Digital transactions on the uptrend

Posted on August 25, 2015 by Sumita Kale

Even as India continues to be a cash-based economy, Indians are increasingly becoming comfortable with digital financial transactionsWhile all modes of electronic transactions have been showing consistent growth over the past few years, the latest to zoom upwards sharply since mid-2014 are mobile banking and mobile walletsThe numbers are still small but m-banking transactions shot up from 10 million transactions in March 2014 to 21.82 million in June 2015Over the last six months, the monthly transaction value on mobile banking has moved from Rs133.23 billion in December 2014 to Rs221.17 billion in June 2015 While deeper analysis and more data would be needed to identify the triggers for the sharp rise, some factors could be the easier availability of smart phones, aggressive push by banks to get transactions out of branches, media attention on Pradhan Mantri Jan Dhan Yojana and Digital India that has spurred consumer awareness and more products, improved apps by large private and public sector banks etc.

Interestingly, the trend in digital transactions is showing even in Pre-Paid Payments Instruments, that is Pre-Paid Cards and m-walletsThis segment has traditionally been kept on a leash, given regulatory concerns on financial stability; yet growth spurted mid-2014 in line with the trend in m-bankingThe increase in PPI balances in full-KYC accounts from Rs50,000 to one lakh last December could have been the trigger to push the value of transactions through PPIs to cross Rs20 billion in December and growing fast ever sincePPI cards and mobile wallets can be issued by banks and non-banks, and though RBI data does not reveal whether any particular bank or segment is more responsible for this spike in PPI transactions, anecdotal evidence suggests that the banks have become aggressive in this space recentlyMeanwhile last month the RBI allowed the issue of Pre-Paid Cards for mass transit systems, and this can be a popular choice for commuters who have to grapple with giving change for their faresRecently, three more companies have been given PPI licenses – Eko Financial Services, CardPro Solutions and Paul Fincap Pvt Ltd, raising the total number of licensed issuers to 37 nowFurthering the positive measures taken so far, the potential of PPIs networks can be maximised by linking PPIs to the inter-operable networks maintained by the National Payments Corporation of India, as well as to switches like National Automated Clearing House, allowing for Aadhaar OTP-based e-KYC, bringing the minimum KYC wallet transaction limit at par with the limits set by the Domestic Money Transfer rules etc.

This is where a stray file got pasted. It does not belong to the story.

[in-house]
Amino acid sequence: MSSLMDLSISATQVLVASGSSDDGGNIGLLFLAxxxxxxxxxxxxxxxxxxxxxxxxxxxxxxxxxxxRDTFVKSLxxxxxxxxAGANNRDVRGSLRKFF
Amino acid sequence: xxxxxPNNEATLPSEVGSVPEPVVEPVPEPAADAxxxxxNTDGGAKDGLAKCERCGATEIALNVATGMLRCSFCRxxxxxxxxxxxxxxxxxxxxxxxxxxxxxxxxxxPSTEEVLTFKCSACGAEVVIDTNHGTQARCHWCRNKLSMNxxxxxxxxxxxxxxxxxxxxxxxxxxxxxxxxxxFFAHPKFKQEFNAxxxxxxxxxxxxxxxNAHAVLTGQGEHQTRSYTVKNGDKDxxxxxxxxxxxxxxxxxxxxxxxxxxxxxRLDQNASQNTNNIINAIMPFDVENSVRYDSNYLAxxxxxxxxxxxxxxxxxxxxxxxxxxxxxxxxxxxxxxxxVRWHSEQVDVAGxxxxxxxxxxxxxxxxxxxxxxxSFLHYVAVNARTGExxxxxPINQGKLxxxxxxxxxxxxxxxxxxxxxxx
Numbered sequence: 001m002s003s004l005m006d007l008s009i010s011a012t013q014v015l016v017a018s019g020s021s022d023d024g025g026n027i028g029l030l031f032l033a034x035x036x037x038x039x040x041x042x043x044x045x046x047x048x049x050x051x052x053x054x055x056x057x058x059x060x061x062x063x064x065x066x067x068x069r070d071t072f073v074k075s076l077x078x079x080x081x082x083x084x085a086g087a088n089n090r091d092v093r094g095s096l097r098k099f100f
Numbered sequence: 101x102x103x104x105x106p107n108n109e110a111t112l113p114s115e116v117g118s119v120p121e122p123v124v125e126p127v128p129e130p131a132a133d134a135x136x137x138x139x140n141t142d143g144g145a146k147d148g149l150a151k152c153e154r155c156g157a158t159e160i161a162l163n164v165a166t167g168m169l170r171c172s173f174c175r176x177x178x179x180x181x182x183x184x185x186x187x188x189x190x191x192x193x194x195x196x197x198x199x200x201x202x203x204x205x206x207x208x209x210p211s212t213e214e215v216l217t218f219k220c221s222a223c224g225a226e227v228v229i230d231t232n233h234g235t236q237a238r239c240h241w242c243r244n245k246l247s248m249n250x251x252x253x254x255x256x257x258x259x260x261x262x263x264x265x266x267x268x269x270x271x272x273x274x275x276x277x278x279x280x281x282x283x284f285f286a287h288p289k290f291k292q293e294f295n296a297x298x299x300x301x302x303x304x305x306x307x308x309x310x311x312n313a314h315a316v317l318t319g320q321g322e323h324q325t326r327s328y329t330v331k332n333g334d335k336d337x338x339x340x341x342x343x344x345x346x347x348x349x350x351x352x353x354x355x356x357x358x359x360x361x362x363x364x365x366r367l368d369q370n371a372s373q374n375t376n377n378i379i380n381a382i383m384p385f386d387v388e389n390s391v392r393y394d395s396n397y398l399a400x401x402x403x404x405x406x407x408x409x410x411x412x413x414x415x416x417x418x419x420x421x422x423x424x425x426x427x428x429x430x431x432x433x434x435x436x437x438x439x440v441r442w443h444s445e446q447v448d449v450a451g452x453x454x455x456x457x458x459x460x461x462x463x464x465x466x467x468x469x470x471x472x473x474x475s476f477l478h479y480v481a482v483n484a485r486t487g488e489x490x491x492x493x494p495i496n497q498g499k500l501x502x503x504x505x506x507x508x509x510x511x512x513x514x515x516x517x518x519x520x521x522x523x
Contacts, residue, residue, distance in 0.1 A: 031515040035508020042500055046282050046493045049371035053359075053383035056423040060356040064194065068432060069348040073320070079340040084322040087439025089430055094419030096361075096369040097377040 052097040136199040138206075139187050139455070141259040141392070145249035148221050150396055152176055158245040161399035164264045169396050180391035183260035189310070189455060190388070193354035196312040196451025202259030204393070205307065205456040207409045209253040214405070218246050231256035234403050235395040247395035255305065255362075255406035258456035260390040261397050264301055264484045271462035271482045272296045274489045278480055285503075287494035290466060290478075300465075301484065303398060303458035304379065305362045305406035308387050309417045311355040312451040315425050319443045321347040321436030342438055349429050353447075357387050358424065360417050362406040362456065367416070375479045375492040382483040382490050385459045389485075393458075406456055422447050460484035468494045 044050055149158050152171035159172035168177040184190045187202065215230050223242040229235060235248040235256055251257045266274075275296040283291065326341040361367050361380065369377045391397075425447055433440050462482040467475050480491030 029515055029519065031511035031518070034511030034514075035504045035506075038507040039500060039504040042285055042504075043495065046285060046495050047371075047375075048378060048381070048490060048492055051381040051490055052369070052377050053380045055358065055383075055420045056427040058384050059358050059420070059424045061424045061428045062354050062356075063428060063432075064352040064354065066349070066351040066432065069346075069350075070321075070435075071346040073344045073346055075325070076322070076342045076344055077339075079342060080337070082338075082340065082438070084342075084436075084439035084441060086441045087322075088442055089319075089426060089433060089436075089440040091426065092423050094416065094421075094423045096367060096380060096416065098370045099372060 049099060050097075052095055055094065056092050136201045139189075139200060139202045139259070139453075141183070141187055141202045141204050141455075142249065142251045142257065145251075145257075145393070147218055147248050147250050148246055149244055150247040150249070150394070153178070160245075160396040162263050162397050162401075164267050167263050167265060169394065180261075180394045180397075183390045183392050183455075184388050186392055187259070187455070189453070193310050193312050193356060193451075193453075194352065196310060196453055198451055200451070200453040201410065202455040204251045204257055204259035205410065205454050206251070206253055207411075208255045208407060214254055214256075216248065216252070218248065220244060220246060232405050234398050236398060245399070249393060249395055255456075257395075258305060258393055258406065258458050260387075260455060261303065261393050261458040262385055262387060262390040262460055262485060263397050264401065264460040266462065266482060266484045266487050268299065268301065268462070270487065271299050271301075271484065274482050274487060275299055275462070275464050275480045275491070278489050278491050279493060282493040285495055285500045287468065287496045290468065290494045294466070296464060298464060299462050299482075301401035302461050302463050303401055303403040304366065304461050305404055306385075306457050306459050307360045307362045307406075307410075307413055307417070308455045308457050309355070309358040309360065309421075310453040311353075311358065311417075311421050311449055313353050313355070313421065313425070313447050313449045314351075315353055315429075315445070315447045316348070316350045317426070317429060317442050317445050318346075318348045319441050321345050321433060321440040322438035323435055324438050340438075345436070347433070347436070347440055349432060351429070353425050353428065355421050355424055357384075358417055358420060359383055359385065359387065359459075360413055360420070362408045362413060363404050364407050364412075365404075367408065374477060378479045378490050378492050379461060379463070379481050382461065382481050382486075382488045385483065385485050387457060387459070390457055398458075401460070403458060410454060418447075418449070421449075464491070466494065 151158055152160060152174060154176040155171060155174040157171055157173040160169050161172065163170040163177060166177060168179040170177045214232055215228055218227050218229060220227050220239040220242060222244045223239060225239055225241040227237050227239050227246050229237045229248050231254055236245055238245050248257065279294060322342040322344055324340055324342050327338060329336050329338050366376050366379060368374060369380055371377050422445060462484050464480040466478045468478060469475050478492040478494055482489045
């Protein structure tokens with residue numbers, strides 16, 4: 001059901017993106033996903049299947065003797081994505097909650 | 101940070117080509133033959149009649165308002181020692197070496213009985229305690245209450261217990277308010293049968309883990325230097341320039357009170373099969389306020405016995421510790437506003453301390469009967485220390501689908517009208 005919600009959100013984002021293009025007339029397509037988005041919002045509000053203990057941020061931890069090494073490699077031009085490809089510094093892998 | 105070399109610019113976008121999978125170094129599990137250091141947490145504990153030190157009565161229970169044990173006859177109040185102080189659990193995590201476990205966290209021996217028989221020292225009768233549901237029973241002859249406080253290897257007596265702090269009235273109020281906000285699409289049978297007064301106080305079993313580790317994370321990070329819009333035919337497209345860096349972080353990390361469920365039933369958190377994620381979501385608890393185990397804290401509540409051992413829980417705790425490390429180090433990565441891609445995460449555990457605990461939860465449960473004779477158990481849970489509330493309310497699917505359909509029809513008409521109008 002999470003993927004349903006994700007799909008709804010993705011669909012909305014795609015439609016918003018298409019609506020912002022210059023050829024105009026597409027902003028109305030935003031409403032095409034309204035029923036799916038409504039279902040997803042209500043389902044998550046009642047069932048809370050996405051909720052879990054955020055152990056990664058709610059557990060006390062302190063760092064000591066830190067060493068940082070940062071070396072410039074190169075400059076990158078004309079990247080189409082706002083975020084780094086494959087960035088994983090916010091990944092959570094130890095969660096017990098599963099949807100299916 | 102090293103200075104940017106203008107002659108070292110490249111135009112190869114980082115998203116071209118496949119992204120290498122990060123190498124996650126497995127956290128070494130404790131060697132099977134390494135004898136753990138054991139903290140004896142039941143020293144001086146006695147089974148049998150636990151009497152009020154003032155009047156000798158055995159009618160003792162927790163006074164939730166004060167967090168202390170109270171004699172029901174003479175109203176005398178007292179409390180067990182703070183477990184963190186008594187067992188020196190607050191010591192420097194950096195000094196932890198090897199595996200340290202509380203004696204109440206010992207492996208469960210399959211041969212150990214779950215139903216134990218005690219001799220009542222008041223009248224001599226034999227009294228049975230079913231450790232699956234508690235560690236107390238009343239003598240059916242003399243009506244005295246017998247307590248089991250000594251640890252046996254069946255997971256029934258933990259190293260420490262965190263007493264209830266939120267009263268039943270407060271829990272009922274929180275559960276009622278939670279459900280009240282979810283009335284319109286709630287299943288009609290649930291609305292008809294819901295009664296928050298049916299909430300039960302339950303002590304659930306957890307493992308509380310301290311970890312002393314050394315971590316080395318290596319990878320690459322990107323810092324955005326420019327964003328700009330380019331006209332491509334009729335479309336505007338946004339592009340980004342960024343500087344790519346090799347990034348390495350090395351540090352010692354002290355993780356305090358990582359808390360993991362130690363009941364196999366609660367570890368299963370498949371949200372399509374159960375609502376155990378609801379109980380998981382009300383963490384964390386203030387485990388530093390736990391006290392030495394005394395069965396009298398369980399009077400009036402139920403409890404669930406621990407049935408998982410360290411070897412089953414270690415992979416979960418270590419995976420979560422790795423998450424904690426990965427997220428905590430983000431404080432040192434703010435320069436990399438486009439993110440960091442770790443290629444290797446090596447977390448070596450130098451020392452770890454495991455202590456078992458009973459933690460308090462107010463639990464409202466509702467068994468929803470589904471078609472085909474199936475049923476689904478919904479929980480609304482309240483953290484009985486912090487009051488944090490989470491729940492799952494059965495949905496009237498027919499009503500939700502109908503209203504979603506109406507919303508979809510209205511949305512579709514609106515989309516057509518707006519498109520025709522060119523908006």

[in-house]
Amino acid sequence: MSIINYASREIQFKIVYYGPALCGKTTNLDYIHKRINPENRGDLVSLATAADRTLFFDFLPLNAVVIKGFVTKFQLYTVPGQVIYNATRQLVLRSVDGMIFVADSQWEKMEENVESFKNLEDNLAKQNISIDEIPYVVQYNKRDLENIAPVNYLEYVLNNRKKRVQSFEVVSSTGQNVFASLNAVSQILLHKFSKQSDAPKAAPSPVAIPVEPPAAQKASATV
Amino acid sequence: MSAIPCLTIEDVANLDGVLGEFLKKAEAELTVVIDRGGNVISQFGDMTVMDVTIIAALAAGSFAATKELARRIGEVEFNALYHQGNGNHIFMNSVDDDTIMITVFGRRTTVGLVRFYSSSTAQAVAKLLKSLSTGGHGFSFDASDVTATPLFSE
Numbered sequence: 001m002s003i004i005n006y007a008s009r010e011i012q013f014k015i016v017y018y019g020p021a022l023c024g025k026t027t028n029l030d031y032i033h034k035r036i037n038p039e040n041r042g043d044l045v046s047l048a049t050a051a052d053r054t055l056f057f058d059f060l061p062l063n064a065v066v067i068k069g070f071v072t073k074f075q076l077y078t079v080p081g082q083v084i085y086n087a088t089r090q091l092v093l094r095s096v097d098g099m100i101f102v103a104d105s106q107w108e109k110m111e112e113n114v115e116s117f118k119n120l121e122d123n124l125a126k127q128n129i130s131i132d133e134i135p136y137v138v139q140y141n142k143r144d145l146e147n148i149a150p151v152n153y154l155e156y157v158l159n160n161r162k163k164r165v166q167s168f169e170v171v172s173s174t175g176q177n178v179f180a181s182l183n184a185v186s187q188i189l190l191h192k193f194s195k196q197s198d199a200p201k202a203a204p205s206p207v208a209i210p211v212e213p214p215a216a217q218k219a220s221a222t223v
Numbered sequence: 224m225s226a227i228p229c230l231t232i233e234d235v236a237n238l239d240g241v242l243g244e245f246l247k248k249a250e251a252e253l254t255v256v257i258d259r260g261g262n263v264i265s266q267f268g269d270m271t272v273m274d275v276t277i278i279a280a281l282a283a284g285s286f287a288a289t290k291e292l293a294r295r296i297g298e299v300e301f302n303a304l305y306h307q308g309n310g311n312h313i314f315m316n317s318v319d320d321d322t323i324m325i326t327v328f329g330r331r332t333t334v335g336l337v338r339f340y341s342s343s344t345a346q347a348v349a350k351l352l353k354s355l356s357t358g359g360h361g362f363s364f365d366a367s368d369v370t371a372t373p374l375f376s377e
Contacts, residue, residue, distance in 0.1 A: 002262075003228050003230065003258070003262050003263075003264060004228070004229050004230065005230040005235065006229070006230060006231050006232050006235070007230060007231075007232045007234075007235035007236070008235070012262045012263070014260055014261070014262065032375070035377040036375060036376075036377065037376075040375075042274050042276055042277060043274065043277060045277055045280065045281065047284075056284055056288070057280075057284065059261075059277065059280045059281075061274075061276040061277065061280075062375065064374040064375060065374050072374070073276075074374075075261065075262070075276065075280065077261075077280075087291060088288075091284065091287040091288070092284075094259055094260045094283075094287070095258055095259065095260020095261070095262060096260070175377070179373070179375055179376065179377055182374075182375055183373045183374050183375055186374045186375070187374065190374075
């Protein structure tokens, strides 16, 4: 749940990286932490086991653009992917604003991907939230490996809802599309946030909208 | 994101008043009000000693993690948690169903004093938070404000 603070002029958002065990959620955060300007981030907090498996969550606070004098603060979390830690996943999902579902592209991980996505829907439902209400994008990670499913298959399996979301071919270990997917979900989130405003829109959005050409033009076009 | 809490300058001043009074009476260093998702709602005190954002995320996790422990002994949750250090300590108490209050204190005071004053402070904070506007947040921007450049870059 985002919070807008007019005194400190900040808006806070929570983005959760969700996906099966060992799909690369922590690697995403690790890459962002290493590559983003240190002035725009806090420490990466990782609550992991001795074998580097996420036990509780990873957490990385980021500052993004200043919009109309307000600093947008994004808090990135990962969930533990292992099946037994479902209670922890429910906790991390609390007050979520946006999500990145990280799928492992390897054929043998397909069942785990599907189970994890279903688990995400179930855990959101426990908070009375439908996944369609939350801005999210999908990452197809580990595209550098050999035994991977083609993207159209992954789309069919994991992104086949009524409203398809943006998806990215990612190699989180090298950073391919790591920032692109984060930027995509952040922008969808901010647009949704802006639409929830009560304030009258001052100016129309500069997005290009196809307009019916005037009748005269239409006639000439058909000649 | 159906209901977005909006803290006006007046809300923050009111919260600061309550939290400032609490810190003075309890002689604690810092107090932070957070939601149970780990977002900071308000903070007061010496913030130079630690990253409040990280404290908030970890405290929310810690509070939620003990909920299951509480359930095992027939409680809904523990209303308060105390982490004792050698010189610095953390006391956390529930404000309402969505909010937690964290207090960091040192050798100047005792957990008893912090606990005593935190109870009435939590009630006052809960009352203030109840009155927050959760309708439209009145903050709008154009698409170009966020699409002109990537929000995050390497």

RBI policy has been to move towards a less-cash economy, and it is important to allow for more competition and innovation that will spur consumers onto digital platformsApart from the existing banks and PPIs, 11 new Payments Banks have been announced by the RBI, these new banks will work to expand access to digital financial services, yet it would take some time for their roll out across the countryMeanwhile, more can be done on the regulatory front as well as by industry to boost large scale adoption of digital transactions.

When it comes to digital finance, all regulators naturally focus on preventing fraud and money laundering and here all countries, including India, have been going for the risk-based approach laid down by the Financial Action Task ForceThis has led to setting caps on quantum and frequency of appropriate KYC stipulations etcInterestingly, from the consumer point of view, fraud is not the only, or even the main, concern that inhibits going digitalA recent CGAP report, Doing Digital Finance Right analysed research findings from sixteen countries to conclude that consumers are hesitant to adopt digital modes, thanks to seven key issues:

  • Inability to transact due to network/service downtime
  • Insufficient agent liquidity or float, which also affects ability to transact
  • User interfaces that many find complex and confusing
  • Poor customer recourse for grievances and queries
  • Nontransparent fees and other terms
  • Fraud that targets customers
  • Inadequate data privacy and protection

Digital transactions are clearly catching on in the country now and if we are to capitalize on this trend and bring low income consumers onto the Digital India platform, it is important to build trust in the new ways of transactingFor this, everyone - the government, RBI, TRAI, financial and telecom service providers- must coordinate their efforts to ensure an enabling environment for increasing adoption across all parts of the country.

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